32.37. triggers

The view triggers contains all triggers defined in the current database that are owned by the current user. (The owner of the table is the owner of the trigger.)

Table 32-35. triggers Columns

NameData TypeDescription
trigger_catalogsql_identifierName of the database that contains the trigger (always the current database)
trigger_schemasql_identifierName of the schema that contains the trigger
trigger_namesql_identifierName of the trigger
event_manipulationcharacter_data Event that fires the trigger (INSERT, UPDATE, or DELETE)
event_object_catalogsql_identifier Name of the database that contains the table that the trigger is defined on (always the current database)
event_object_schemasql_identifierName of the schema that contains the table that the trigger is defined on
event_object_namesql_identifierName of the table that the trigger is defined on
action_ordercardinal_numberNot yet implemented
action_conditioncharacter_dataApplies to a feature not available in PostgreSQL
action_statementcharacter_data Statement that is executed by the trigger (currently always EXECUTE PROCEDURE function(...))
action_orientationcharacter_data Identifies whether the trigger fires once for each processed row or once for each statement (ROW or STATEMENT)
condition_timingcharacter_data Time at which the trigger fires (BEFORE or AFTER)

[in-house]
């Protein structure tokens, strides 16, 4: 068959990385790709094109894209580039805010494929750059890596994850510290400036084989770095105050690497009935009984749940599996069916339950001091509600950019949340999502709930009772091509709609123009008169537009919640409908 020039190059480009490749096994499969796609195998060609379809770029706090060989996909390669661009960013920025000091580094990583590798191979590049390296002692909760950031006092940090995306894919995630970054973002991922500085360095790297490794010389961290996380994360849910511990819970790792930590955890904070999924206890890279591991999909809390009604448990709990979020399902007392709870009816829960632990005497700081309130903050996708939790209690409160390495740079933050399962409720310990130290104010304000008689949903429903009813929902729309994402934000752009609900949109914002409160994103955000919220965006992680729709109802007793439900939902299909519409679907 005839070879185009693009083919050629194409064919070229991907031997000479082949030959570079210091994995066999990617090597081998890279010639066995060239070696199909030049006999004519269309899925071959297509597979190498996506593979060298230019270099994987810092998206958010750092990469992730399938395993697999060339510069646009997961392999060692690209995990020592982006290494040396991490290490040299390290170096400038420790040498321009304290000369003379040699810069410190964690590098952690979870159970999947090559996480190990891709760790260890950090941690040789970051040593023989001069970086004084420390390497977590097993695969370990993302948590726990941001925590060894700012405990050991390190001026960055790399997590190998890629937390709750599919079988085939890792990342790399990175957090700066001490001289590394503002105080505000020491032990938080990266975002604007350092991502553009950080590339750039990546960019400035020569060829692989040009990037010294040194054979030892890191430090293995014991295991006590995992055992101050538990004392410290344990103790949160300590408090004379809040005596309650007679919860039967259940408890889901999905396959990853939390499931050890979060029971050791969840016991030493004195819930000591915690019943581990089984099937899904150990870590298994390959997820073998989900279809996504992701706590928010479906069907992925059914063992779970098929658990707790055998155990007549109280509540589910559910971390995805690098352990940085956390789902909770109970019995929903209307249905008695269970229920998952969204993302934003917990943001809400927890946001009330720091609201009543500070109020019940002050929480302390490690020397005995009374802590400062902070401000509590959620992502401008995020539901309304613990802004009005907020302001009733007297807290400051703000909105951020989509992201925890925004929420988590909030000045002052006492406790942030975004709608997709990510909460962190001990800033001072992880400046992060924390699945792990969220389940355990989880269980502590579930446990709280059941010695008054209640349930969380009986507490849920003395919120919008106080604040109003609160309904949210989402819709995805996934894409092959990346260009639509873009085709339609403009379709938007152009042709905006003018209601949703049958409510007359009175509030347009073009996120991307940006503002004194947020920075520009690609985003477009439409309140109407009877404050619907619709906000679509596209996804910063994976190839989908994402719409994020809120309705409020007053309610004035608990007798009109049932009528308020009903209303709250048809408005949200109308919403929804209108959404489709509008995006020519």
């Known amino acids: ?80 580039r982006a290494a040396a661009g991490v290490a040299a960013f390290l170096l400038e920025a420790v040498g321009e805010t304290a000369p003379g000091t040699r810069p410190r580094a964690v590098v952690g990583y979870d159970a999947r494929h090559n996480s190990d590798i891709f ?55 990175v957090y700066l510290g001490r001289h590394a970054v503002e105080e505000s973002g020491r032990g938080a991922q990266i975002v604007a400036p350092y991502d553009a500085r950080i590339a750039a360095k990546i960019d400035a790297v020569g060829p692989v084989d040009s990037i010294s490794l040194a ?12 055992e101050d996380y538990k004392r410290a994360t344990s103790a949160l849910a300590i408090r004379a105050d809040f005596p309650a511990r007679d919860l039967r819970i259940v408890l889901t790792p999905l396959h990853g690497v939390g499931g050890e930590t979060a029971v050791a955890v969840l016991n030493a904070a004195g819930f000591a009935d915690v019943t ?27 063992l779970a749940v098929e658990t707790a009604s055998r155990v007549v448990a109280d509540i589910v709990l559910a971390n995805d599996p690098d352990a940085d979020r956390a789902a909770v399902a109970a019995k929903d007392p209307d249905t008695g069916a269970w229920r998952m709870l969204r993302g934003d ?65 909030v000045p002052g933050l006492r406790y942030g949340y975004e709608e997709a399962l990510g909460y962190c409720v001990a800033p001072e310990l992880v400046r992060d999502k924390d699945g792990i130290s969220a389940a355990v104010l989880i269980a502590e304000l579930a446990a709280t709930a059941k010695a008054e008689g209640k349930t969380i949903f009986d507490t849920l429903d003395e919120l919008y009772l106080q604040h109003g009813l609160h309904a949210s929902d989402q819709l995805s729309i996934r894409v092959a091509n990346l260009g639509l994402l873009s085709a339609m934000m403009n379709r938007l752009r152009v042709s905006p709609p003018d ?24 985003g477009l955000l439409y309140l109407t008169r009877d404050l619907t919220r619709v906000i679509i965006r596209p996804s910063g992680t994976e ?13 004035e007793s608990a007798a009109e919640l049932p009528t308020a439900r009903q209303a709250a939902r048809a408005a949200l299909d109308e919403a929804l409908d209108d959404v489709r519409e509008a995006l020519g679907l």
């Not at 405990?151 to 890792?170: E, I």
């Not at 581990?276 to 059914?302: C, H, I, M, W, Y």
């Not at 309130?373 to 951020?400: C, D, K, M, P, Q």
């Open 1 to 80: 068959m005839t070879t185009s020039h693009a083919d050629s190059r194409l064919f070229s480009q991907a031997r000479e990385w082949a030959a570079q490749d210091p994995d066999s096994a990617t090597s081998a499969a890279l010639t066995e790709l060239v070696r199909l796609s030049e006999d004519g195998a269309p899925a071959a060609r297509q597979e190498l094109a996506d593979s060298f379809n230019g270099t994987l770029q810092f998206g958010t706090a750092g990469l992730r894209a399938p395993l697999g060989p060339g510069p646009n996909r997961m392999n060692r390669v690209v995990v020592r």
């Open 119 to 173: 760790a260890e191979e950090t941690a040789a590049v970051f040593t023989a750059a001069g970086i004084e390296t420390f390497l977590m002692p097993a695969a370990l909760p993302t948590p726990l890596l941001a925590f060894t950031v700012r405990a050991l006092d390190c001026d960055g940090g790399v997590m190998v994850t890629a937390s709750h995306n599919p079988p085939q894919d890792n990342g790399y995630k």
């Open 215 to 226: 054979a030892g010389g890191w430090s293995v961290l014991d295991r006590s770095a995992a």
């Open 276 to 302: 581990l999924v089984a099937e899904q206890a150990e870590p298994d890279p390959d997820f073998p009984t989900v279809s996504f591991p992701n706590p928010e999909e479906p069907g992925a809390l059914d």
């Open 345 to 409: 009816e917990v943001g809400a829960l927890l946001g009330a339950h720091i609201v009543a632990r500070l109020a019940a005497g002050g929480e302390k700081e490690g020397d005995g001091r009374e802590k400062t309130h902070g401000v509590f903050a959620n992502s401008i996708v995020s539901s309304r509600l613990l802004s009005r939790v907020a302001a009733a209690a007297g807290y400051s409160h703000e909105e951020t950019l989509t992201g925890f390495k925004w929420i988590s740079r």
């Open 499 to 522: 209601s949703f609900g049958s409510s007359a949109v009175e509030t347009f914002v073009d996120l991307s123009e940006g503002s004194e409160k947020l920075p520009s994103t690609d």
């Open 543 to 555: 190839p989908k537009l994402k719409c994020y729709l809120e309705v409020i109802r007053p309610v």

condition_reference_old_tablesql_identifierApplies to a feature not available in PostgreSQL
condition_reference_new_tablesql_identifierApplies to a feature not available in PostgreSQL

Triggers in PostgreSQL have two incompatibilities with the SQL standard that affect the representation in the information schema. First, trigger names are local to the table in PostgreSQL, rather than independent schema objects. Therefore there may be duplicate trigger names defined in one schema, as long as they belong to different tables. (trigger_catalog and trigger_schema are really the values pertaining to the table that the trigger is defined on.) Second, triggers can be defined to fire on multiple events in PostgreSQL (e.g., ON INSERT OR UPDATE), whereas the SQL standard only allows one. If a trigger is defined to fire on multiple events, it is represented as multiple rows in the information schema, one for each type of event. As a consequence of these two issues, the primary key of the view triggers is really (trigger_catalog, trigger_schema, trigger_name, event_object_name, event_manipulation) instead of (trigger_catalog, trigger_schema, trigger_name), which is what the SQL standard specifies. Nonetheless, if you define your triggers in a manner that conforms with the SQL standard (trigger names unique in the schema and only one event type per trigger), this will not affect you.

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